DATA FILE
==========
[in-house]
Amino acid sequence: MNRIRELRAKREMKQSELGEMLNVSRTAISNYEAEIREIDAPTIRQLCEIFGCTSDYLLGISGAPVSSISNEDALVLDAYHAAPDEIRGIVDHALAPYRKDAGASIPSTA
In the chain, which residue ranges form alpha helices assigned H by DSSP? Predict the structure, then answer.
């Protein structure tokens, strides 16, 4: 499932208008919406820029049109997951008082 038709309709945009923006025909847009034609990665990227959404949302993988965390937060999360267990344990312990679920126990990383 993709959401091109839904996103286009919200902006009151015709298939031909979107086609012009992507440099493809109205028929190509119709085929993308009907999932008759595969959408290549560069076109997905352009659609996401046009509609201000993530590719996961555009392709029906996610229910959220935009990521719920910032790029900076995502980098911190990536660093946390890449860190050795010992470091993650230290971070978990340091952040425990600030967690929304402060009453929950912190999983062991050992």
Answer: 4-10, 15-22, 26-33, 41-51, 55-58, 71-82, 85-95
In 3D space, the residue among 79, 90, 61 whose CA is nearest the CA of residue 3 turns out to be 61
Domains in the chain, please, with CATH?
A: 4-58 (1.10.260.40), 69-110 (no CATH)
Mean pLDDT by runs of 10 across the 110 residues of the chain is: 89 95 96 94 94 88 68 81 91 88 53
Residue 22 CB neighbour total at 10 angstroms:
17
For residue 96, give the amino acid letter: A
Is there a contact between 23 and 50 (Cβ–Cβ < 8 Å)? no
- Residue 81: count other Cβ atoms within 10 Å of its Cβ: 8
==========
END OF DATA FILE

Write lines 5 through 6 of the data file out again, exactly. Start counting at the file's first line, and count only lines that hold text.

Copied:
Answer: 4-10, 15-22, 26-33, 41-51, 55-58, 71-82, 85-95
In 3D space, the residue among 79, 90, 61 whose CA is nearest the CA of residue 3 turns out to be 61